I’m just getting over a spring sinus infections. Again! I’ve always considered myself a middle-of-the road, moderate intensity runner. I run two marathons a year and dabble in triathlon in the spring and summer. Nothing crazy. Yet, every spring I seem to be susceptible to the dreaded runny nose syndromes. I’ve always chalked the whole thing up to Texas allergens, but is that it? Or does my running make me more susceptible to the common cold? Interesting question posed to me by an ENT colleague. She pointed out that many marathoners experience significant increase in upper respiratory infections in the post-race months.
Let’s look at the research. A recent survey of 30 different studies of runners and decreased immune function that may lead to increased upper respiratory infections revealed little agreement from the experts. Yes, they all agree that moderate activity may enhance immune function, but they describe this as brisk walking for 30 to 45 minutes a day. What runner does that little activity? Most studies also agreed that high-intensity exercise temporarily impairs the immune competence. Hence the increased incidence of upper respiratory infections in marathon runner and especially ultra-marathon runners.
Athletes, when compared with their couch potato colleagues, experience higher rate of upper respiratory infections especially in the few weeks after intense training and races. In non-athletes, increasing physical activity is associated with a decreased risk of upper respiratory infections.
This so-called open window of altered immunity is temporary, lasting from three to 72 hours after an intense, prolonged event. Nevertheless, it presents an ideal opportunity to viruses and other invading pathogens, especially those that enter the body through the respiratory system.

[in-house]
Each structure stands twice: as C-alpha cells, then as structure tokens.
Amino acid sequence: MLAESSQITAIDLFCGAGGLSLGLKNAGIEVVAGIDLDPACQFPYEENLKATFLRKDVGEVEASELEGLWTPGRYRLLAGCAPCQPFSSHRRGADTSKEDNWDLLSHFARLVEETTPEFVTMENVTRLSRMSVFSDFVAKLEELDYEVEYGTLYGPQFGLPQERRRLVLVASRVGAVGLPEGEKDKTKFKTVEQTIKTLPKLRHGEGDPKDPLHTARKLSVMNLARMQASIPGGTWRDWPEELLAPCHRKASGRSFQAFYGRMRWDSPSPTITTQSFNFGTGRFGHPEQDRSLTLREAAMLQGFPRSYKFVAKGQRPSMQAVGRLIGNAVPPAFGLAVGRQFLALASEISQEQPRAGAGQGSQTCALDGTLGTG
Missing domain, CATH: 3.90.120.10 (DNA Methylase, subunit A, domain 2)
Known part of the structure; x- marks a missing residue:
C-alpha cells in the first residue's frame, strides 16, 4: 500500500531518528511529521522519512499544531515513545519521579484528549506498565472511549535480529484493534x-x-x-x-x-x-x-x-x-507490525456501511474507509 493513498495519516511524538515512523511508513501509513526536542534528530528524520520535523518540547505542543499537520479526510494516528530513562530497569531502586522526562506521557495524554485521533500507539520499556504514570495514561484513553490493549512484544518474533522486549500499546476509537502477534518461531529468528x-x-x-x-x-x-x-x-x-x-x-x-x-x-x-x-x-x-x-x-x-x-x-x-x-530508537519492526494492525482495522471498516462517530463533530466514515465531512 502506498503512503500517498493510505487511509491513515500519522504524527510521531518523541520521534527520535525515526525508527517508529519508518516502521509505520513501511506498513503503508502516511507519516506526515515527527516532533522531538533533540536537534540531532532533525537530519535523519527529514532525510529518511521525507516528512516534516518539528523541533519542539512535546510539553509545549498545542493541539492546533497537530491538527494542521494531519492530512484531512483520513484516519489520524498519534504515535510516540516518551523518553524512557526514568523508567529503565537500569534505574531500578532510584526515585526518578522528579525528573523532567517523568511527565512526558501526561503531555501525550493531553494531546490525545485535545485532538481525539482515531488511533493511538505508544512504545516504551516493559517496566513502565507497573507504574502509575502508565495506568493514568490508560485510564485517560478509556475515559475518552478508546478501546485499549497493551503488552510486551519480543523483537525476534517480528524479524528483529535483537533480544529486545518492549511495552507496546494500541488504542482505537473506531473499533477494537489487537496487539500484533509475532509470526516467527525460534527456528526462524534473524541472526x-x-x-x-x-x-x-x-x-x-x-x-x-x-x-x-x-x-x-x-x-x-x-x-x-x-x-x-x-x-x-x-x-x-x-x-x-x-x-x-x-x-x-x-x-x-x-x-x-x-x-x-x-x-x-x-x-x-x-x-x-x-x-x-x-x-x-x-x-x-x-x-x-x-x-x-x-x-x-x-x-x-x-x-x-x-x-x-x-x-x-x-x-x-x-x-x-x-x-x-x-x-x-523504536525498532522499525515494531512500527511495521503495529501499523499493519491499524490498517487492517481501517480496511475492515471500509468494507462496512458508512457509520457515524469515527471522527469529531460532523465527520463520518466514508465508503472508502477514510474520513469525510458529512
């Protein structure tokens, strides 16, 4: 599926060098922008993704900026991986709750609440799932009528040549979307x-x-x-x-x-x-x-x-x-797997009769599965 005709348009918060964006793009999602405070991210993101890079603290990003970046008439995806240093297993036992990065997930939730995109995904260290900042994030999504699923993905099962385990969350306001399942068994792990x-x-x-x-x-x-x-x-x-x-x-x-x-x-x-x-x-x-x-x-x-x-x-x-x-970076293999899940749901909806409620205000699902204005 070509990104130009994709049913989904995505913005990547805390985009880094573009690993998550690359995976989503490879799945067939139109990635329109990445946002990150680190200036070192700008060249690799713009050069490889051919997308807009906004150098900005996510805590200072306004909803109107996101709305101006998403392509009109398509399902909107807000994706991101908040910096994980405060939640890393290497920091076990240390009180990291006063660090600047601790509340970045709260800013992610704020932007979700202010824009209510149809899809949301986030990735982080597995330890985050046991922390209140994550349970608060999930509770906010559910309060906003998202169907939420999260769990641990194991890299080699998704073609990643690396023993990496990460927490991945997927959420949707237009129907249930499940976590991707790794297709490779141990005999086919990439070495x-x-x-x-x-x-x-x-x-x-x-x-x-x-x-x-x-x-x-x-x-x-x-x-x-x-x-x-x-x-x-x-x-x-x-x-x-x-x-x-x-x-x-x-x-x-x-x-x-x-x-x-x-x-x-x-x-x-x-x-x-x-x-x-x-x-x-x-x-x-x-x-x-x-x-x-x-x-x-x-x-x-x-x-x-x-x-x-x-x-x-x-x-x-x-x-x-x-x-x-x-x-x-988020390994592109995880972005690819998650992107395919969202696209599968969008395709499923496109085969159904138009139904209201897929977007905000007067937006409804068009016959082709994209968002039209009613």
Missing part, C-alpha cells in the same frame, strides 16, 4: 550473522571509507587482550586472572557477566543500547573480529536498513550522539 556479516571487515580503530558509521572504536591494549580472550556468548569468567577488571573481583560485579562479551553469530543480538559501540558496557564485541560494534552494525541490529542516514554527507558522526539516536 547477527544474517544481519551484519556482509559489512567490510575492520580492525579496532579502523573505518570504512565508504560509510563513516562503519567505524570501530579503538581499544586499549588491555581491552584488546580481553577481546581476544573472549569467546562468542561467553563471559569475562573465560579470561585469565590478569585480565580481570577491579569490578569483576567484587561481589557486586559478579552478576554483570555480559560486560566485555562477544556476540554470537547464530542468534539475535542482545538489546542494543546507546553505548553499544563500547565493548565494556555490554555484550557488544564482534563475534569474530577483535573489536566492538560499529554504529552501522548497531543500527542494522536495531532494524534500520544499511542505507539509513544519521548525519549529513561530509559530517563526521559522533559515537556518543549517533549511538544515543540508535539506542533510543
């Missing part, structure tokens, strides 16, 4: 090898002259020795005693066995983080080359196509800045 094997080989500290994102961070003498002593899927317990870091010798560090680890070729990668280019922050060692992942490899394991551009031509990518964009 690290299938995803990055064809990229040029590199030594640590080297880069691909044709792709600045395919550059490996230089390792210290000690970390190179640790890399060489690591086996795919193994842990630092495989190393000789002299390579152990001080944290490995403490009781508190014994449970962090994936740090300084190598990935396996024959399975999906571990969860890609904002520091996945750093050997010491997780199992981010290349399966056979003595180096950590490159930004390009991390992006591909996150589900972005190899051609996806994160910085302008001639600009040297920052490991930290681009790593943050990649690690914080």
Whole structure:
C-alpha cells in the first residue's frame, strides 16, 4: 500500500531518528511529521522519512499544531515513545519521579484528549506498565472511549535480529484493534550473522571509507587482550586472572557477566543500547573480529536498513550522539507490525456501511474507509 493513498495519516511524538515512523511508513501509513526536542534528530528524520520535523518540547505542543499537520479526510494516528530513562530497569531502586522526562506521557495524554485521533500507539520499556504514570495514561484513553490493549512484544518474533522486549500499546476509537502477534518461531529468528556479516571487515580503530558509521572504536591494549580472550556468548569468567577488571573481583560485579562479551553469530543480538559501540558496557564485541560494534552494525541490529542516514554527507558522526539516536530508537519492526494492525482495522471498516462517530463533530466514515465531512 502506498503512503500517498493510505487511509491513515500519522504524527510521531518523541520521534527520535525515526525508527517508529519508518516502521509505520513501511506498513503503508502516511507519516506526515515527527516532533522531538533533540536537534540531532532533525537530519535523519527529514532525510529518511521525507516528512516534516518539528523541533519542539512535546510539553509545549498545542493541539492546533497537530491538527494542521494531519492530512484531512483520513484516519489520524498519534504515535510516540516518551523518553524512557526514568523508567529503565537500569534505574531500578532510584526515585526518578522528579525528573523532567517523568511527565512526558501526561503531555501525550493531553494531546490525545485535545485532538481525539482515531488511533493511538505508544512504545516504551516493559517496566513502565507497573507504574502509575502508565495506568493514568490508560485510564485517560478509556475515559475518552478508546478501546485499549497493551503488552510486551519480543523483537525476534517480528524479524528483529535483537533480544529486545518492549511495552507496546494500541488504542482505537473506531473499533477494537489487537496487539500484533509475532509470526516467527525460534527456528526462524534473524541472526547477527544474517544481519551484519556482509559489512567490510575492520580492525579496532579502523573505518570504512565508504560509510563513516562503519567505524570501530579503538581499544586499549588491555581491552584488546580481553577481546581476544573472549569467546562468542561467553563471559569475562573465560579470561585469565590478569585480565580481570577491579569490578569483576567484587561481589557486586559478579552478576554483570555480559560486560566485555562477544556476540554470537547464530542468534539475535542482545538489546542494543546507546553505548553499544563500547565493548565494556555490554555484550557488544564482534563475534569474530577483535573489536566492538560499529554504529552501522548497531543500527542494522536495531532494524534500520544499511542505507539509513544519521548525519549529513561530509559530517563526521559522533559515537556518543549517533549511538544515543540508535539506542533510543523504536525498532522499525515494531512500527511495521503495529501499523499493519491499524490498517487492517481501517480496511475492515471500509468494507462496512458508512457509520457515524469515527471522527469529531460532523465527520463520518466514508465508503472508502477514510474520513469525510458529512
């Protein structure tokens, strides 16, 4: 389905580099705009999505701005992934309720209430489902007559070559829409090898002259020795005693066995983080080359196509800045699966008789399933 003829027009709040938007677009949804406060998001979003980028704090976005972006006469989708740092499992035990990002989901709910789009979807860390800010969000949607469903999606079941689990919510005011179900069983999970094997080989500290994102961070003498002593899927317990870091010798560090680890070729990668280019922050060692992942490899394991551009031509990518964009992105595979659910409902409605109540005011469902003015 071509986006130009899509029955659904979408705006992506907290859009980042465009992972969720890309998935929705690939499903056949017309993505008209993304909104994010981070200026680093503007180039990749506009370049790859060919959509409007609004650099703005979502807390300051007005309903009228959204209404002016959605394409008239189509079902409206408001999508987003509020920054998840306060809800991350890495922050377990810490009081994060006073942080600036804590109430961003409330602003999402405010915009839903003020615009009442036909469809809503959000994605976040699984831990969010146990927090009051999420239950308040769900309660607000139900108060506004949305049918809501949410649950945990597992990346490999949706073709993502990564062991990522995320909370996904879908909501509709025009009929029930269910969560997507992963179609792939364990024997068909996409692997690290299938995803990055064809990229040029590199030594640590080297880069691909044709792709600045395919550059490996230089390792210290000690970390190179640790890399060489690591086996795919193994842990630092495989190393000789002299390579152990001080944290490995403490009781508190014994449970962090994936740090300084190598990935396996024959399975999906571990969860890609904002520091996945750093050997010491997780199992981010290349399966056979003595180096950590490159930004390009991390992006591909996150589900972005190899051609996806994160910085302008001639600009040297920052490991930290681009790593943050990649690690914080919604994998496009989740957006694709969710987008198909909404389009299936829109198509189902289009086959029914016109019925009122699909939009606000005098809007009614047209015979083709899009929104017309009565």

Sounds bad, so what can we do to increase our immunity and avoid the runny-nose syndromes?
Several vitamins and minerals, including vitamins A, E, and C, and the minerals zinc and iron, are essential for normal immune function. Vitamins C and E, in particular, are also powerful antioxidants. It has long been known that long-distance running and other endurance events can increase the levels of free radicals—molecules that oxidize and cause damage to cells, including immune cells. The body produces its own antioxidants to counter free radicals and oxidative stress.
Many runners, operating under the theory that more of a good thing is better, take vitamin and mineral supplements. And while moderate amounts may very well be beneficial for the active individual, there is little evidence to support taking megadoses, with the possible exception of vitamin C. Some studies found that taking vitamin C (about 600 milligrams/day) for three weeks before an ultramarathon reduced postrace cold symptoms. Other researchers have found that vitamin C supplementation made no difference. Sounds like a multivitamin with extra vitamin C can’t hurt, but may not be our savior!
Should you run when you’re sick?
If you have a cold, most doctors recommend waiting a day or so after your cold symptoms disappear to resume intensive exercise. Mild to moderate exercise (such as walking) when you have a cold is fine. If your illness is more serious—fever, fatigue, muscle aches—you should wait two to four weeks before resuming your training regimen. Like any of us do that!
Just as intense, extended physical stress can depress certain immune responses, so too can chronic psychological stress and inadequate sleep. So during periods of intense training and before long races, the take-home message is this: keep other life stresses to a minimum if possible. Get enough sleep, avoid rapid weight loss, and eat a healthy diet. Sounds like a no-brainer!
Bottom line: marathon runners are more susceptible to upper respiratory infections. Getting more sleep, decreasing your overall stress and taking a multivitamin with extra vitamin C may help.